For many patients who are overwhelmed by traumatic levels of affect, to the point that it interferes with their self-reflective capability, medications can facilitate analytic work by making it easier for the paients to get in touch with and understand their feelings. For others whose self-reflective capacity is intact despite their disturbing emotions, medication can potentially interfere with analytic work by making it more difficult to get in touch with the painful feelings that are at the heart of the problem. The other problem with using antidepressants is that the decision to intervene with medication can easily be made out of the analyst’s inability to tolerate what the patient is feeling or is on the verge of feeling — which may suggest to the patient that it is better not to feel such feelings. It’s a possibility I always try to keep in mind whenever I suggest medication — am I treating a discomfort that the patient can’t tolerate and work with or a discomfort that I myself can’t tolerate and work with?

    Some recent posters have attacked a straw man psychoanalyst who knows nothing about medication, never uses it, yet believes (without evidence) that medication interferes with analysis. I’m sure that such benighted attitudes exist among us (though not among Paul Mosher) but they are far less common and far less dangerous than the widespread attitude that priveleges the use of medication to reduce symptoms — because it is “scientific” — and buys into the standard medical model philosophy that biological treatments should or must be used for supposedly biological disorders. The misguided idea behind this attitude is that medications have been proven by research to be effective treatment and that it is therefore malpractice or unethical or at least ignorant for an analyst not to use them when the patient suffers from the appropriate DSM diagnosis. THAT is a scary idea.
    In 1993 I attended a session of the discussion group on “use of antidepressants in psychoanalysis” (I think that was the title) at the Winter meeting. Out of 50 analysts in the group I was the only one who insisted that all cases of depression are caused by inner conflict. Everyone else had accepted some version of the idea that some/many/all cases of depression are purely biological diseases — not in any way the product of psychological conflict — and that any conflictual material they entail is so-to-speak tacked on after the fact from the stress of having to cope with such a painful biological illness. This was in 1993. I was shocked. I am quite sure that no one in 1983 or even in 1987 would have disagreed with me.
    And what was the basis for this sea-change in psychoanalytic opinion? Nothing other than double-blind placebo controlled drug-company sponsored outcome research.
    But wait, you will say, even if we accept the validity of the outcome research, it says nothing about a biological or psychological cause of the illness. Correct, it says nothing about causation at all and in fact there is no biological OR statistical evidence that has ever had anything valid to say about the cause (etiology) of depression or of any other DSM diagnosis. But such research has nevertheless been almost universally misinterpreted — including by 49 out of 50 analysts in that 1993 meeting — as showing that, since a biological treatment cures the disease, then the disease must have been biological to begin with. (The logic of which is so patently specious that it is astonishing how many intelligent people have accepted it) And this misinterpretation has then been used to discredit psychoanalysis because we continue to believe (at least a few of us do) that analysis is a useful and effective treatment for depression and for many other “diseases” even though these “diseases” are “known” to be biological and it has been “proven” that their symptoms can be effectively reduced (some of the time, for at least 6 weeks or maybe 3 months if it’s a really long study) with medication.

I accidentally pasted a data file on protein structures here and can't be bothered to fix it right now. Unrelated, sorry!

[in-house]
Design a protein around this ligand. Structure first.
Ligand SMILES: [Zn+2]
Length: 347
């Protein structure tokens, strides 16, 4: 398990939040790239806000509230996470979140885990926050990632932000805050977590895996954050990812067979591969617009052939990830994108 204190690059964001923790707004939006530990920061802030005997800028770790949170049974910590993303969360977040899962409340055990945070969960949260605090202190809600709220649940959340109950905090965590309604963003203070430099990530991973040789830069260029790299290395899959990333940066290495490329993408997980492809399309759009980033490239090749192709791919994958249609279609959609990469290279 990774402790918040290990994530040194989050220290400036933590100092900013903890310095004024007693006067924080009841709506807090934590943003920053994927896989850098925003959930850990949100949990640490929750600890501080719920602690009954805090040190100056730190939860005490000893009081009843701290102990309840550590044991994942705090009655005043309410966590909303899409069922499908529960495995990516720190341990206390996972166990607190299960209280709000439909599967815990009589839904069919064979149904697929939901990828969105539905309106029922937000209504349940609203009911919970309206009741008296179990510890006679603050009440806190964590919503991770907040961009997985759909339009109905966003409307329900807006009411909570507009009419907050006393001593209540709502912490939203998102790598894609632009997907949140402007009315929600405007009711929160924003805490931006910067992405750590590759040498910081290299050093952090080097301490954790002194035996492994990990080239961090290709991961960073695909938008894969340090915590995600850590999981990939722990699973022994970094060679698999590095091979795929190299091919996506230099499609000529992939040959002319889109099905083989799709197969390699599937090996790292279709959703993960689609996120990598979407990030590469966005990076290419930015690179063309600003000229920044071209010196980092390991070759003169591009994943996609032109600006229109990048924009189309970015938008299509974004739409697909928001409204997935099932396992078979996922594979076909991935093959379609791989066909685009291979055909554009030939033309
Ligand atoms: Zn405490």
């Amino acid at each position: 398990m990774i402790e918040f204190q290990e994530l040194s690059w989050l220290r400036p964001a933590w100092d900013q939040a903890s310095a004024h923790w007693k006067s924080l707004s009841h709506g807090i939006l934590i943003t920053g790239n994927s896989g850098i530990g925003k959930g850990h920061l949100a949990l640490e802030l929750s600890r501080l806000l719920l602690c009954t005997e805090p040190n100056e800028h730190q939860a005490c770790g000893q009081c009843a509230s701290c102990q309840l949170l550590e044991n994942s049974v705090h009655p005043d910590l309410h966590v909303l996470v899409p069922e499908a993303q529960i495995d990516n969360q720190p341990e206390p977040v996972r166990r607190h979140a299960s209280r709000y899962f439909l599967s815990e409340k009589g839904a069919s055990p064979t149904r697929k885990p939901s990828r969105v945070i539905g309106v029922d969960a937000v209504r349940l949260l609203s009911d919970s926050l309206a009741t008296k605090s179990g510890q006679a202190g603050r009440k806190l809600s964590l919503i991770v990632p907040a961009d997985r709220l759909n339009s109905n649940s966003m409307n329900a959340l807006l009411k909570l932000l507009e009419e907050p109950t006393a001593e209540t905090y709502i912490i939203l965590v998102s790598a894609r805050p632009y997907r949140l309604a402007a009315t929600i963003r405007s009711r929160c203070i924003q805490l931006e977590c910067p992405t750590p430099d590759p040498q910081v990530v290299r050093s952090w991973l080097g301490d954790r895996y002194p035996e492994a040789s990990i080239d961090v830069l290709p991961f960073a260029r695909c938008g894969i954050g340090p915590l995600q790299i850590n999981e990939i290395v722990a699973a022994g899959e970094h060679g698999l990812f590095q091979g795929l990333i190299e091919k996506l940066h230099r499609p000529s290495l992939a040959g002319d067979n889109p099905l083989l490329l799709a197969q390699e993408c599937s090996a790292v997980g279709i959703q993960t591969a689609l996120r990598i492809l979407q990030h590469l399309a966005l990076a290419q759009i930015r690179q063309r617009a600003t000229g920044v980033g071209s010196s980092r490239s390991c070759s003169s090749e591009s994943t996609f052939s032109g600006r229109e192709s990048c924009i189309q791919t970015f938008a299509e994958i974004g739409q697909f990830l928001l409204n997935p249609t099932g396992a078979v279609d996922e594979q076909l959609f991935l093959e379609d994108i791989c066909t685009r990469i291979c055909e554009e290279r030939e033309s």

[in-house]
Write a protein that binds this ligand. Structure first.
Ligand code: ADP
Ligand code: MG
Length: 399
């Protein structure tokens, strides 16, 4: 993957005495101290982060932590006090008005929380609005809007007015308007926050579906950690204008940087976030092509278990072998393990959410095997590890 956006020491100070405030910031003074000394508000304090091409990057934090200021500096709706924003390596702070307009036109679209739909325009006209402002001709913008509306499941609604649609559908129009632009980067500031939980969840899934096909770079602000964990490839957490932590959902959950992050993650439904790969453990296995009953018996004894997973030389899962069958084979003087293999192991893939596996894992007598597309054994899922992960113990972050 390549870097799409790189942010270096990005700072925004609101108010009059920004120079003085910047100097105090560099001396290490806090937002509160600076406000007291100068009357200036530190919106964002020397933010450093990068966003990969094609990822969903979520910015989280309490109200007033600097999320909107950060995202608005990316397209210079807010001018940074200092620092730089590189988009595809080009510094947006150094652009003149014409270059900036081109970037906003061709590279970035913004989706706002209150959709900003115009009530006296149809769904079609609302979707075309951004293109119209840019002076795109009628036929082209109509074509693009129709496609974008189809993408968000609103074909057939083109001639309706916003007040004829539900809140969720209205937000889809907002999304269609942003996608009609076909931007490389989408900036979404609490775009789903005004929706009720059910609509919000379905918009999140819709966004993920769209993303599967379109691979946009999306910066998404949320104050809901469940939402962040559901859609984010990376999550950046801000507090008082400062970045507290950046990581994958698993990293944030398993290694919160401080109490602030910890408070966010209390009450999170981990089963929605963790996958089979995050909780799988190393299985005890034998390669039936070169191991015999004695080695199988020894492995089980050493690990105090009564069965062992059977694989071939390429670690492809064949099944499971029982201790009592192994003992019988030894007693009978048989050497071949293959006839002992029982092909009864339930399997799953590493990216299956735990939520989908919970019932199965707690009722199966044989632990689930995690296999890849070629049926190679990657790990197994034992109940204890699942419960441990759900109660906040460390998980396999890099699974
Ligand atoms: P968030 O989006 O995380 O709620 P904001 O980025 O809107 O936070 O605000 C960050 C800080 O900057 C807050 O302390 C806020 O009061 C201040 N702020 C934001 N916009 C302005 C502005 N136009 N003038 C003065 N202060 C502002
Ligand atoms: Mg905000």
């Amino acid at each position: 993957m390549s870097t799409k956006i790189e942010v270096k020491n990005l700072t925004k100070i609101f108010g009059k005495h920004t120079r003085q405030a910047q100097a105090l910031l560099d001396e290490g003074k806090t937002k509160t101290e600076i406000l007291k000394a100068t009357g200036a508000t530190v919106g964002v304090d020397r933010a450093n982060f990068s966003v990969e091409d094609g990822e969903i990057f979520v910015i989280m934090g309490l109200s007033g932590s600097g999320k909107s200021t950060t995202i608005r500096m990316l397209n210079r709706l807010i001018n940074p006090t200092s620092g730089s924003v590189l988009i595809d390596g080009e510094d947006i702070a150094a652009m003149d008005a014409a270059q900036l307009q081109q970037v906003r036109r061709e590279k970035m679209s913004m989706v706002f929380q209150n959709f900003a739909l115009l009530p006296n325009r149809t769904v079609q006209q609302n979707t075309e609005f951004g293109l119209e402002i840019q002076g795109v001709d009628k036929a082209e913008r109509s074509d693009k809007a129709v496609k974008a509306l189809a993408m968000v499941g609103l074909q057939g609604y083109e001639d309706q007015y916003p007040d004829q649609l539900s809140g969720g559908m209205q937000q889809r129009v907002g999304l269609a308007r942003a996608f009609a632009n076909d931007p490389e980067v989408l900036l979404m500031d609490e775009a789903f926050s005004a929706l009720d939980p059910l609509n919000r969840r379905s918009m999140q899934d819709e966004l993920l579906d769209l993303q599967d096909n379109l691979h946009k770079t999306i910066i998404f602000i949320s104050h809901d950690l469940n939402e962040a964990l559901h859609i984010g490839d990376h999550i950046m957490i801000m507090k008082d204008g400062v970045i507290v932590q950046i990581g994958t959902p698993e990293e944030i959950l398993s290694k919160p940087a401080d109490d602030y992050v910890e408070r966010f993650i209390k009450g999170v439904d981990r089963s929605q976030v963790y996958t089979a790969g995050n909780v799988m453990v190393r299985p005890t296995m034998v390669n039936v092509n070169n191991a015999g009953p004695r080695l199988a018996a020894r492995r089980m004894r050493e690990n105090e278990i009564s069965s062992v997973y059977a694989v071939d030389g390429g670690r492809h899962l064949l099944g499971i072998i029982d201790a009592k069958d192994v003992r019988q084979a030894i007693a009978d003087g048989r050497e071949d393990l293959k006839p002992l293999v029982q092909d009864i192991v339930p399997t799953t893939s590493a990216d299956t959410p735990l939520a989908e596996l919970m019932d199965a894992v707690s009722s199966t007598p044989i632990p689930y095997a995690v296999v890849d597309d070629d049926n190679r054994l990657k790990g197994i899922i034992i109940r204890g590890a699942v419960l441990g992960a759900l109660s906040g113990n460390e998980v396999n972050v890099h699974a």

With all this in mind, I could really do without the pious disparagement from people who believe that it is naive, unscientific, ignorant or unethical for people like me to be skeptical of or even outraged by practice patterns and patterns of thinking that are based on the tendentiously systematically misinterpreted findings of statistical placebo controlled double-blind drug-company sponsored research.
    Having said that, I believe that there really is some good statistical research out there and thank heavens we have people like sidney blatt who know how to think clearly about such research.
    End of rant.


    Elio Frattaroli, M.D.

  18. Tamar Schwartz Says:

    Comment from Elio Frattaroli:

    Michael Feinberg writes, “I spent a research career studying this, and believe that there are biological data supporting the “two type” hypothesis of depression.” Mich ael, I take it you mean the hypothesis that some depressions are based on inner conflict while other depressions are purely biological? If so, I would say that there can be no biological data that support any conclusion at all about this hypothesis.

    First, biological data can never reveal causes of psychological distress, only correlations, and there will always be biological orrelations. Second, the only way to know if a depression is based on inner conflict is through analytic data, which has always been there in abundance in every case of depression I have ever treated. The problem is that if we go into a situation with the ASSUMPTION that some cases of depression are purely biological, it is almost a sure thing that we will not notice the analytic data that would disconfirm the assumption because we will have already medicated the patient and won’t be looking for evidence of inner conflict.


    Elio Frattaroli, M.D.

  19. Tamar Schwartz Says:

    Comment from Sidney Blatt: